Up until now, the worlds of entertainment (TV) and retail sales have been two circles that crossed only briefly - when retail bought ads on cable networks.
Essentially, what happened was any store leased a few 30 second slices from a TV show so that they could 'produce' (effectively) their own little show about their own product to sell it to the trapped viewer.
This was called advertising.
Thus, Nike might pay a fortune to effectively sub-let a 30-second swath from ESPN and then put on their own small 30-second program to sell sneakers.
It made sense in a world in which you needed a cable channel or an FCC broadcast license to get into people's homes, and Nike did not have a network. NBC and ESPN did.
This is no longer the case.
An article in The New York Times' Style section this Thursday got me to thinking about this.
The article is about a company called Matchesfashion.com which I had never heard of (but Lisa knows these things). They are an online fashion website that sells high end brands like Gucci or Oscar de la Renta or Louis Vuitton.
But now they have opened a 'bricks and mortar store' in London.
So far, so good. The Return of Bricks and Morter - hence the Times' headline.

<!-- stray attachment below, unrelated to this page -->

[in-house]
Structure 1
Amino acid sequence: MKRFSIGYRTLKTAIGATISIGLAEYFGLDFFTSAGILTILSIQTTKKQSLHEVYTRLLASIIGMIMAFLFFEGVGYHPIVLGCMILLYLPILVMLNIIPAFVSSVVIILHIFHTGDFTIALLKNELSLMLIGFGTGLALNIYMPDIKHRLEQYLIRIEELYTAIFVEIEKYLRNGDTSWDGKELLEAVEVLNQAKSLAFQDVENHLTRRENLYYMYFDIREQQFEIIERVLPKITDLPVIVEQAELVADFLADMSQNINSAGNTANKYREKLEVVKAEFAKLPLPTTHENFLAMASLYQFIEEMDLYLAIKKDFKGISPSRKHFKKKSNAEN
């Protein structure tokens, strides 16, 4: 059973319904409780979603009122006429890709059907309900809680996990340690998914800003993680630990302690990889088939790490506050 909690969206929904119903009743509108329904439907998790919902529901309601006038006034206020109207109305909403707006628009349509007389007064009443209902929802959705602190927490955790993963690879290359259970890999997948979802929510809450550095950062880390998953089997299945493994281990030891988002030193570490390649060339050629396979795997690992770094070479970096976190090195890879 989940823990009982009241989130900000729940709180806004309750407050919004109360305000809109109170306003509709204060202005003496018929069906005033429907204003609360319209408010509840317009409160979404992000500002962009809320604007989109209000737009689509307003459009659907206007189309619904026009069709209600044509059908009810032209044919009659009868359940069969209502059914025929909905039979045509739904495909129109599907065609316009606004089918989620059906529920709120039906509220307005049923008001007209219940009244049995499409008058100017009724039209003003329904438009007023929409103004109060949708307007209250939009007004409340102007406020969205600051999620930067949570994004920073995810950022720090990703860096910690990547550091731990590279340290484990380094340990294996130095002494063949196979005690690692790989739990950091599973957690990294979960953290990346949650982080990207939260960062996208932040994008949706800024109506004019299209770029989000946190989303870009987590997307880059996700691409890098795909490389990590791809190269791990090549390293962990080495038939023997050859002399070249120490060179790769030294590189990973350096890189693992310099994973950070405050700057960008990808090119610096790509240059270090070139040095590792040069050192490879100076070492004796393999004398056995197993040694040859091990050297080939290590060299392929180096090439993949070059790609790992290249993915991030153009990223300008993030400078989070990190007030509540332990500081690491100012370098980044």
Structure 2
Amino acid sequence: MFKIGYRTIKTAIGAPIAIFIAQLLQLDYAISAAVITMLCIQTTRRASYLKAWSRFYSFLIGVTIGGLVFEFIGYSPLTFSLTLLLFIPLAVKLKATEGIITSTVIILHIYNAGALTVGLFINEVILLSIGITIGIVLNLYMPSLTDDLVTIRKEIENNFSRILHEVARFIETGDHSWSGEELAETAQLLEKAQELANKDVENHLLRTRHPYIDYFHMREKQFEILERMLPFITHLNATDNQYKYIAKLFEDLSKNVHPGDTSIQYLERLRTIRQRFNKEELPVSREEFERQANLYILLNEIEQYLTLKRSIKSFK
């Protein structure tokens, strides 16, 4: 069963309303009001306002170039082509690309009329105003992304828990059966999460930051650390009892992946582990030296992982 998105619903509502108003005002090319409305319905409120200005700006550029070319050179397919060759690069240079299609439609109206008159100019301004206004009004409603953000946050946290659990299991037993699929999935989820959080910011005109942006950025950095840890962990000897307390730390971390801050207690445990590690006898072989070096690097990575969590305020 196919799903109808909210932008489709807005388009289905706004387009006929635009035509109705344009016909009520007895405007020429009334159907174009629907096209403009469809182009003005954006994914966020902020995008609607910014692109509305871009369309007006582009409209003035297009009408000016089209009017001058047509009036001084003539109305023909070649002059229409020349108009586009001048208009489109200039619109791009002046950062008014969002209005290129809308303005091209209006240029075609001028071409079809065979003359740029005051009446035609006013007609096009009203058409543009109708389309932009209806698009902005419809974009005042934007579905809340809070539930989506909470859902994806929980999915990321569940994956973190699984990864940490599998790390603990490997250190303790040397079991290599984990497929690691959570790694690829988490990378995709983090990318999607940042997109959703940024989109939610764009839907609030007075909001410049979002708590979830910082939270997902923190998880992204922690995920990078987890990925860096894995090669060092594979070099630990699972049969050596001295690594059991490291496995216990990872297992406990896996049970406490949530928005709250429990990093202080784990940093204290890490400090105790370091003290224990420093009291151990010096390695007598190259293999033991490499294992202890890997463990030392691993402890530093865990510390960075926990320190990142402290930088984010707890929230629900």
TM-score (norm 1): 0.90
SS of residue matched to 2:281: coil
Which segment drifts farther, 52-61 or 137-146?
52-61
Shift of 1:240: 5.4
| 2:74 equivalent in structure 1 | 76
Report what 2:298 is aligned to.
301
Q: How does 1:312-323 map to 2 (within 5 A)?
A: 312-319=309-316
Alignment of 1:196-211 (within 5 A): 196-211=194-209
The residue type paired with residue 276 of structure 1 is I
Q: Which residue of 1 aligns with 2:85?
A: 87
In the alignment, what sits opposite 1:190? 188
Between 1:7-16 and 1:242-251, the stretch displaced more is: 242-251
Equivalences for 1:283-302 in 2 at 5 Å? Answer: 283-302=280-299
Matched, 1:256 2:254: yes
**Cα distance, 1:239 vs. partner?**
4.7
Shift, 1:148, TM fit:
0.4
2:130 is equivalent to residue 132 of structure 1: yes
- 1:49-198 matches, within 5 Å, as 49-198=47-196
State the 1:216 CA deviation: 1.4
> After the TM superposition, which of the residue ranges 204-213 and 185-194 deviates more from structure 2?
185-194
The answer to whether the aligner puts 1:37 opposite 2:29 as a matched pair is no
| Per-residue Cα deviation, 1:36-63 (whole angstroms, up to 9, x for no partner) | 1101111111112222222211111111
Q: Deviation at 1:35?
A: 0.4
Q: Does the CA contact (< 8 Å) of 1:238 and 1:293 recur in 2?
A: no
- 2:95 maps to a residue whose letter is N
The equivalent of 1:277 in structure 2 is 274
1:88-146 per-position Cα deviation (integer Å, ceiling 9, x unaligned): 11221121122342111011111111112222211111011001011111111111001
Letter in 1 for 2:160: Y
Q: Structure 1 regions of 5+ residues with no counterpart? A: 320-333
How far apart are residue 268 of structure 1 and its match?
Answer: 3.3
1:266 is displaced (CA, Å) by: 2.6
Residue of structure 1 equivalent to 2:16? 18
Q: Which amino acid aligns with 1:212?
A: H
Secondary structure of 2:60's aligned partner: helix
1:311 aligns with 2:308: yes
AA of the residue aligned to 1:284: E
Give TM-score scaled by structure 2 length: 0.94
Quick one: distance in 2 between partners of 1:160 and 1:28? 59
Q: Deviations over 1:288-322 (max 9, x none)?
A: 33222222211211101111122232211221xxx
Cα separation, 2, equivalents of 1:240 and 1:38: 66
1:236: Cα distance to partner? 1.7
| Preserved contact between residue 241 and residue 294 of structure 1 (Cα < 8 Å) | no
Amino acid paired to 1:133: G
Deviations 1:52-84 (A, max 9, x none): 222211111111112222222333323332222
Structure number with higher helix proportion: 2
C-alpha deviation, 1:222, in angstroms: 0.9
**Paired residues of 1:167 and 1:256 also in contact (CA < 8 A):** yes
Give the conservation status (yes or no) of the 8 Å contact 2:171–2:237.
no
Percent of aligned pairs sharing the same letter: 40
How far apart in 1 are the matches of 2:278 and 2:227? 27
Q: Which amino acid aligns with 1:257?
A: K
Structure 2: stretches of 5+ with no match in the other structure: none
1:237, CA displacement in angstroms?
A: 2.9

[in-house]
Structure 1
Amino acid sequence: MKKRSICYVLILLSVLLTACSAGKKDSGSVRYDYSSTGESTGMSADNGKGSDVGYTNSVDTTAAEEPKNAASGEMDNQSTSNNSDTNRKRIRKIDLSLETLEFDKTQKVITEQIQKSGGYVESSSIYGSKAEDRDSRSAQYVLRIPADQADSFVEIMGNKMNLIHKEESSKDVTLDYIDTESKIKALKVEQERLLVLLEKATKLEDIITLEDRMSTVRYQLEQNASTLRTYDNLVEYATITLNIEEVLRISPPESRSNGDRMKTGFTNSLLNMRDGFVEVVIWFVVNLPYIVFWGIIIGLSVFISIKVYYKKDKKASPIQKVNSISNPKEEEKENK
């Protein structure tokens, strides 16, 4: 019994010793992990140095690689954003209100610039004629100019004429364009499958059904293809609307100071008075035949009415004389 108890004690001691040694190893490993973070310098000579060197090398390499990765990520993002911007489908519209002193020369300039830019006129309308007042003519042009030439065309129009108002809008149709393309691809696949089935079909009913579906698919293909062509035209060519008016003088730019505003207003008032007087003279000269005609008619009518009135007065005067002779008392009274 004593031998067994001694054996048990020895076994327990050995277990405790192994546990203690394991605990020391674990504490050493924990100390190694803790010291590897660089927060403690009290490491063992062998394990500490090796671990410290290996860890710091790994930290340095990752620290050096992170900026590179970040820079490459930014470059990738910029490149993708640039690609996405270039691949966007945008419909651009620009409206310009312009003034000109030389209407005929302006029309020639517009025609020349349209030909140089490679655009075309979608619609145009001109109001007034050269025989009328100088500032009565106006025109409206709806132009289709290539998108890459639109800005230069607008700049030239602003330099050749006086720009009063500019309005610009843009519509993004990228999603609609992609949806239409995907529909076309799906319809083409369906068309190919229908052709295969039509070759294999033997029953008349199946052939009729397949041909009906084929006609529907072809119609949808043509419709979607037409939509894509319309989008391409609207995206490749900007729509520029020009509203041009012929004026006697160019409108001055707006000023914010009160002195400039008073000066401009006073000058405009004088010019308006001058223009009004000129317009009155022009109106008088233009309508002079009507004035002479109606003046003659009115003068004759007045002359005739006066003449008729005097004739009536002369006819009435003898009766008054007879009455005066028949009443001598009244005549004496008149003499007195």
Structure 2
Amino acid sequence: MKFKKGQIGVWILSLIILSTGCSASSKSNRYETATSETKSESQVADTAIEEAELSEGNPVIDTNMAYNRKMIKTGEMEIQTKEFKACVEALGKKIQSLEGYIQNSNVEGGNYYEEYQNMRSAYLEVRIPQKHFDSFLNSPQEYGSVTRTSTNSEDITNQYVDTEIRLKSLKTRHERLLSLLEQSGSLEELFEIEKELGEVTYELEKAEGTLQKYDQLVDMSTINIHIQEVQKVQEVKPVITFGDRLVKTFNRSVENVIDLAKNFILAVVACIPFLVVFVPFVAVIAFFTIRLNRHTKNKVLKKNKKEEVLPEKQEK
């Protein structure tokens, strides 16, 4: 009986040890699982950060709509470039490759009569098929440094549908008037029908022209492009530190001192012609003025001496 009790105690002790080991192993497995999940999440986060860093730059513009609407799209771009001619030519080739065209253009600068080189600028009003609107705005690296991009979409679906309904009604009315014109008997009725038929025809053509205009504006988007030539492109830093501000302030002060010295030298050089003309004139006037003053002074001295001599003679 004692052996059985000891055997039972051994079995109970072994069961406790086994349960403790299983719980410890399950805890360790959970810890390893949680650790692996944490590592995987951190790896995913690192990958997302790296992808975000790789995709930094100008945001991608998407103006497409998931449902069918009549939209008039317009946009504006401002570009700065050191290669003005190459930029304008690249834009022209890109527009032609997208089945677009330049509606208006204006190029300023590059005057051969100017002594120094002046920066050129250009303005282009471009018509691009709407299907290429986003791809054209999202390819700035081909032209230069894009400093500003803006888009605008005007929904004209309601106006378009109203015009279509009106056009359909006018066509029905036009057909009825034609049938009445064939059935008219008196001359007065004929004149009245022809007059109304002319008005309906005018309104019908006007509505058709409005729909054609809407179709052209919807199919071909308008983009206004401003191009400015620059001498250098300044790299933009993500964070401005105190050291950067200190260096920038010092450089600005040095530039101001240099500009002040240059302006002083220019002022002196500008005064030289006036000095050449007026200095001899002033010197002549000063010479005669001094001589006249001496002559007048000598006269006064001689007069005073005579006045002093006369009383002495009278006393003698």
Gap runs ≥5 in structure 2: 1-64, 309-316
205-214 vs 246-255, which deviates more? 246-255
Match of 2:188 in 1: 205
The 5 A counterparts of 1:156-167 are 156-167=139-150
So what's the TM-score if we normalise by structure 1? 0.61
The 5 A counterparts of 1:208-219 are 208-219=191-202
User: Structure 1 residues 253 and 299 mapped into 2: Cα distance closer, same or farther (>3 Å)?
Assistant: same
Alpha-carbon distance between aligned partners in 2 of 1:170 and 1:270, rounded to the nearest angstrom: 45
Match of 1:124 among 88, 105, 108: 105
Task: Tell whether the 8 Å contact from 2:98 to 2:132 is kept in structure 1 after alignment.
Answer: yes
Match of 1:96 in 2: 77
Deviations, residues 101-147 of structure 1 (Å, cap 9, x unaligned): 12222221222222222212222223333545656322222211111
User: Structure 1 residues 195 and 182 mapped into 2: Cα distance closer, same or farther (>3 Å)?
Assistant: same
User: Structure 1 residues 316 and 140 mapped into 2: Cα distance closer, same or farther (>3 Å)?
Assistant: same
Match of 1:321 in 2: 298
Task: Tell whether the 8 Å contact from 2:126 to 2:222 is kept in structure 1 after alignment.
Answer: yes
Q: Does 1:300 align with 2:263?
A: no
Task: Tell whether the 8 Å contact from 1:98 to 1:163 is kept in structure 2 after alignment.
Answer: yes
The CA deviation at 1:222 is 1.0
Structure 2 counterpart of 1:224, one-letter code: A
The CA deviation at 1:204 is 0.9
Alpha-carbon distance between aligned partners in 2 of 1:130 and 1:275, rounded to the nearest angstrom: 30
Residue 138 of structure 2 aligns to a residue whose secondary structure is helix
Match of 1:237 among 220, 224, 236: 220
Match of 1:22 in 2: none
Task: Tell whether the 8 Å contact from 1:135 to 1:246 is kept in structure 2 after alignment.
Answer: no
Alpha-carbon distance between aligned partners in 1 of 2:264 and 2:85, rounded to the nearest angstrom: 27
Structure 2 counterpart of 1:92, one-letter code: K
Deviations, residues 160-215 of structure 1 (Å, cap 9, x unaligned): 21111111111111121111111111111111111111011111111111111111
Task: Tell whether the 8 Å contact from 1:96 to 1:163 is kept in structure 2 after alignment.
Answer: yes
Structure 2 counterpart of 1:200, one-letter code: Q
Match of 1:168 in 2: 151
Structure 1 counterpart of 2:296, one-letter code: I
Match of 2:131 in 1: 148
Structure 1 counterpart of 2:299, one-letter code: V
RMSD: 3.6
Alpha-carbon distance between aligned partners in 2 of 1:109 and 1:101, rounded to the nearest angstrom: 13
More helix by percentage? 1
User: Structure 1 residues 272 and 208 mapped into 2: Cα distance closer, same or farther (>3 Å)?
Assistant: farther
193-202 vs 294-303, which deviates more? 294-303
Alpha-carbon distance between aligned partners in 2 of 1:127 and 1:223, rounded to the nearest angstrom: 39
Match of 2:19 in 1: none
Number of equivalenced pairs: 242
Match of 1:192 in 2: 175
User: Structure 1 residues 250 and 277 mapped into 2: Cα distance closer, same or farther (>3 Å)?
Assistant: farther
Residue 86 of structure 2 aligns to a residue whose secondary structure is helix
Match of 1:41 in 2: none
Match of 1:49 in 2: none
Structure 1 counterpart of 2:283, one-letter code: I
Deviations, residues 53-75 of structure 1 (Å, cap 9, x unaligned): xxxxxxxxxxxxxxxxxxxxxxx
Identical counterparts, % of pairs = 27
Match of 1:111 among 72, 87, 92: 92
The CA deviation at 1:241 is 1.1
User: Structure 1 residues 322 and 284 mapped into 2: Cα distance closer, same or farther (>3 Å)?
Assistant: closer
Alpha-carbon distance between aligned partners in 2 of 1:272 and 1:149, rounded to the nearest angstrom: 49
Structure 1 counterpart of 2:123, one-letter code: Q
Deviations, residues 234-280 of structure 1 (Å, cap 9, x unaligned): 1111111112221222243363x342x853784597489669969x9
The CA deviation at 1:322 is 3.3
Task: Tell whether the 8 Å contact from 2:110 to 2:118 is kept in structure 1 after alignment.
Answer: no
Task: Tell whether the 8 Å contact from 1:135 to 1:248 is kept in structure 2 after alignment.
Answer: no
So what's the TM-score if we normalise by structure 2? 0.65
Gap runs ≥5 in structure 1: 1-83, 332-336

Buried far down in the story is the graph that gave me pause:
"The space will have two floors of retail as well as floors for private shopping, but equally important will be the floor that is to house the company’s broadcasting and content hub. Classes, panel discussions and events will be held there, all of which will be streamed on Facebook Live and YouTube, its social channels and its website. And all of it will be digitally shoppable."
A retail store is going to launch its own 'TV network'.
But more than a TV network, it is going to be a social network, a home shopping channel, a click and buy site, and all of it driven by video.
Because a) video and TV are no longer so expensive nor so complicated to produce and b) because the Internet now allows anyone to 'broadcast' online (just like Netflix), the store is able to create their own 'shows' and bypass the cable channels and the networks and go directly to the buyer at home
On top of that (as if that were not enough), the retailer is now able to embed click and buy buttons directly on the 'shows' and video that it produces.
In the olden days, the idea of a commercial was to convince the viewer to get up off the couch, get in the car, drive to the store and buy the sneakers.
That, clearly, was a tough sell.
In this new world, the only thing the buyer has to do is click on the screen.
Get the concept?
And what Matchfashion.com can do... so can anyone else.
And i am sure they will.
You just have to make sure the video is great.
(That is our department).